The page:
I wrote in the last post about why to do email marketing and why it’s good for your business. But if you already have an email list and send regular emails to your subscribers this post is about you.
It’s easy to build an email list, keeping it is the hard part. You may have great content on your website but if your emails aren’t a bit different in some way why should people remain subscribed? Copy paste your blog post to your email won’t do.
Emails should be a more personal approach, it should feel as if you’re sending that email especially for him. I’m not implying that you should write separate emails, that will take forever. What I’m saying is that the way you should approach this in a caring perspective.
And you should care! It’s as if they’re special for the fact that they subscribed and it means a lot to you, for that you want to reward them with exclusive tips and news as a compensation. Keep in mind that they have needs and those are important if you want to have their loyalty.
The hierarchy of subscriber needs: Key success & failure metrics
The only way to keep your email subscribers on board is to meet or exceed their expectations. Columnist Chad White discusses how to use success and failure metrics to measure and meet these demands.
Subscriber expectations have grown steadily over the years, driven higher by a wide range of factors, including the adoption of smartphones, the increase in targeting and the rise in omnichannel experiences.
For email marketers to be successful, they must meet or exceed these expectations, which can be measured by a set of success metrics and a set of failure metrics.
We’ve summarized these demands in the “Hierarchy of Subscriber Needs,” which I’ve outlined below:
Respectful email experiences
Respectful experiences are the foundation of all email relationships. You want to have solid permission practices tailored to each of your email acquisition sources. You also want to set the appropriate expectations for how many emails the subscriber will receive and what content will be in those emails.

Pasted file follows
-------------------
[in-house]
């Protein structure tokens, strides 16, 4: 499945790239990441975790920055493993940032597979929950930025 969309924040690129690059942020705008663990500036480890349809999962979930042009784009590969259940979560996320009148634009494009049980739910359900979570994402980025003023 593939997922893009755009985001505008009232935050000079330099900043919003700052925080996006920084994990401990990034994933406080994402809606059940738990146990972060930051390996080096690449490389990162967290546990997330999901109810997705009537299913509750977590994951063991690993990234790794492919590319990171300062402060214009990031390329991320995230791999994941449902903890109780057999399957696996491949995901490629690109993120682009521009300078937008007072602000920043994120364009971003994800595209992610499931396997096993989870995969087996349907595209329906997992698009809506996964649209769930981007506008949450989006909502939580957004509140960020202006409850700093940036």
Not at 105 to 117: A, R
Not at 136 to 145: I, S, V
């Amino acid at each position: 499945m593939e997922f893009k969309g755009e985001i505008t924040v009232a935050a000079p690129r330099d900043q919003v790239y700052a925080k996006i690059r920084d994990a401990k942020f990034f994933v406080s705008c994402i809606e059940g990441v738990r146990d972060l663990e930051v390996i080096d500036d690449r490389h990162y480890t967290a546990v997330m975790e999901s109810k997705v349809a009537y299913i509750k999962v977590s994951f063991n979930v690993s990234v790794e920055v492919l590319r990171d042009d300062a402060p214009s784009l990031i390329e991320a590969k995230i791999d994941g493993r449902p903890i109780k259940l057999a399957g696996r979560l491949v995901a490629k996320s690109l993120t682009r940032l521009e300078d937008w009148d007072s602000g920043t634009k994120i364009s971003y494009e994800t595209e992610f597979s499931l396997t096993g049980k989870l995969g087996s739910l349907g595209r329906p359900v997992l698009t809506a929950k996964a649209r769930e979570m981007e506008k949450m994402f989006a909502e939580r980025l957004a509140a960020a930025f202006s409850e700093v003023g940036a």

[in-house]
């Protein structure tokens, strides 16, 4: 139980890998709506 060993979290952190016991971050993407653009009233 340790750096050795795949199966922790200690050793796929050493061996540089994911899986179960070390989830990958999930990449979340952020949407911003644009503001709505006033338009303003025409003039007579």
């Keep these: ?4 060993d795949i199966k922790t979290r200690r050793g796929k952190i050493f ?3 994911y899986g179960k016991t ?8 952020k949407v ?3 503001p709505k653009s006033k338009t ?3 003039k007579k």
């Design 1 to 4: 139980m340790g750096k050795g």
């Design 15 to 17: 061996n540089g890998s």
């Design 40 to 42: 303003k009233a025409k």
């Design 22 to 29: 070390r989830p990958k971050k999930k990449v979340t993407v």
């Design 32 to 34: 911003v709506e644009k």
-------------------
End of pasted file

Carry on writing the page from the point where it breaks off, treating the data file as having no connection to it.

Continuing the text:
The key success metric for respectful email experiences is high open rates. Read more…
If your readers are not responsive you should start planning towards regaining their interest back. It can be done and in a few weeks, you’ll make them active again.
7 steps for re-engaging your email subscribers
How can you re-engage people who no longer respond to your emails? Columnist Sol Orwell shares strategies to get your dormant subscribers back on board.
As the internet and technology have progressed over the years, marketers have realized that the old-school approach of email still generates some of the best bang for the buck.
While email is a top generator of marketing dollars, far too many people take a simplistic approach and don’t use it to its full potential.
One of the most obvious areas where companies fail is with re-engaging customers who are no longer interested in what you have to offer.
Cleaning up your email list makes sense, as people who don’t open your emails are dead weight that’s costing you money. Every single email service provider (ESP) charges you based on the number of emails you send. If you’re sending emails to people who are no longer opening them, you’re still paying for that privilege.
Furthermore, companies like Google look at overall open rates when they receive emails from your newsletter. Lower overall open rates mean it’s more likely Google will filter your emails into the spam folder — somewhere you definitely do not want to be.
So it’s important to develop a strategy to try to re-engage people who are no longer responding to your emails. Read more…
As you can see nothing is lost and every situation can be changed with the right plan and effort. In the end, Marketing is more than earning a profit. It’s about giving! As long as you’re giving something that someone wants they will always stick to you for that.
Start today and bring your email list back to live!